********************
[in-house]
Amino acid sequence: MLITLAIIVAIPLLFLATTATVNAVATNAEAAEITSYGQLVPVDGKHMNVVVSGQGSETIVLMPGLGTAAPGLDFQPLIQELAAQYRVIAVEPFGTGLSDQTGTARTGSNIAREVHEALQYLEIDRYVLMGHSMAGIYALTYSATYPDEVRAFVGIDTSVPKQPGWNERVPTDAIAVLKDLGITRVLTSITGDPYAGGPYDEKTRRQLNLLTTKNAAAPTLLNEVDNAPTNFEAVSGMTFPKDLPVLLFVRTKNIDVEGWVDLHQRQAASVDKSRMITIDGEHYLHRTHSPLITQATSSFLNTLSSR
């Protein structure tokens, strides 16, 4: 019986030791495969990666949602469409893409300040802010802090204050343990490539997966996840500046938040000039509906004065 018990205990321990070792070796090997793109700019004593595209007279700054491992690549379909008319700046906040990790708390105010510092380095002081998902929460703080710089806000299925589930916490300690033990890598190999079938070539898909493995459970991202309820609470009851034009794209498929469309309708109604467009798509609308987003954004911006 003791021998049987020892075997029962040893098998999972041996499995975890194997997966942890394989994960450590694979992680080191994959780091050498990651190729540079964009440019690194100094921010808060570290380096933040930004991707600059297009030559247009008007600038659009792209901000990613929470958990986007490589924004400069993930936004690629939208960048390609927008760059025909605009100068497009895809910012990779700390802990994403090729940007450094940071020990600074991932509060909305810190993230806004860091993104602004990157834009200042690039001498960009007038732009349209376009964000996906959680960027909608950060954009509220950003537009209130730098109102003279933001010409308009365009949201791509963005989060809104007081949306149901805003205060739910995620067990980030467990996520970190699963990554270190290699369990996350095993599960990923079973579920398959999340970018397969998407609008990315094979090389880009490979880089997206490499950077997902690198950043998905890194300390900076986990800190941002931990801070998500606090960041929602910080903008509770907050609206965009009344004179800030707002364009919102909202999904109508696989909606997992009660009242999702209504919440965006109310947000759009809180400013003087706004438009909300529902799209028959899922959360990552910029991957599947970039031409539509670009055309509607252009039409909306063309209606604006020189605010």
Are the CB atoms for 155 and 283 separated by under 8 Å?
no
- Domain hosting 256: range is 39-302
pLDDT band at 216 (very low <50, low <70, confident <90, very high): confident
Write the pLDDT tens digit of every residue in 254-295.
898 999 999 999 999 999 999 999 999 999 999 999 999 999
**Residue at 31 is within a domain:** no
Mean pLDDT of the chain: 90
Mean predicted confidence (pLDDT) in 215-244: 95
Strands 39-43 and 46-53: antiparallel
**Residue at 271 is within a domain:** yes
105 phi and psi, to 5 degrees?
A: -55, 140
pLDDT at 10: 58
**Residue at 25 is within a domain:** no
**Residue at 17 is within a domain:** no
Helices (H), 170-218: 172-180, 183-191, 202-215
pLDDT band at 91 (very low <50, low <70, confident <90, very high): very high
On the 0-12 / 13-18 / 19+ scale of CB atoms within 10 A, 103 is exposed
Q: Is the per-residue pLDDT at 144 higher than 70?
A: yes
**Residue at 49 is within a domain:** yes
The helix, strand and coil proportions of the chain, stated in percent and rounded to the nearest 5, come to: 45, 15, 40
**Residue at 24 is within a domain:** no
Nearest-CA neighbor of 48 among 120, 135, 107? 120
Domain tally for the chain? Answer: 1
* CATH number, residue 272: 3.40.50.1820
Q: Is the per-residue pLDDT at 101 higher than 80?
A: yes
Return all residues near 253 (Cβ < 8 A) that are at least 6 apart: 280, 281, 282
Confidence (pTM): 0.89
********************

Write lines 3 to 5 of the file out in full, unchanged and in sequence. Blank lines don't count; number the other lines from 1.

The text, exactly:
């Protein structure tokens, strides 16, 4: 019986030791495969990666949602469409893409300040802010802090204050343990490539997966996840500046938040000039509906004065 018990205990321990070792070796090997793109700019004593595209007279700054491992690549379909008319700046906040990790708390105010510092380095002081998902929460703080710089806000299925589930916490300690033990890598190999079938070539898909493995459970991202309820609470009851034009794209498929469309309708109604467009798509609308987003954004911006 003791021998049987020892075997029962040893098998999972041996499995975890194997997966942890394989994960450590694979992680080191994959780091050498990651190729540079964009440019690194100094921010808060570290380096933040930004991707600059297009030559247009008007600038659009792209901000990613929470958990986007490589924004400069993930936004690629939208960048390609927008760059025909605009100068497009895809910012990779700390802990994403090729940007450094940071020990600074991932509060909305810190993230806004860091993104602004990157834009200042690039001498960009007038732009349209376009964000996906959680960027909608950060954009509220950003537009209130730098109102003279933001010409308009365009949201791509963005989060809104007081949306149901805003205060739910995620067990980030467990996520970190699963990554270190290699369990996350095993599960990923079973579920398959999340970018397969998407609008990315094979090389880009490979880089997206490499950077997902690198950043998905890194300390900076986990800190941002931990801070998500606090960041929602910080903008509770907050609206965009009344004179800030707002364009919102909202999904109508696989909606997992009660009242999702209504919440965006109310947000759009809180400013003087706004438009909300529902799209028959899922959360990552910029991957599947970039031409539509670009055309509607252009039409909306063309209606604006020189605010």
Are the CB atoms for 155 and 283 separated by under 8 Å?
no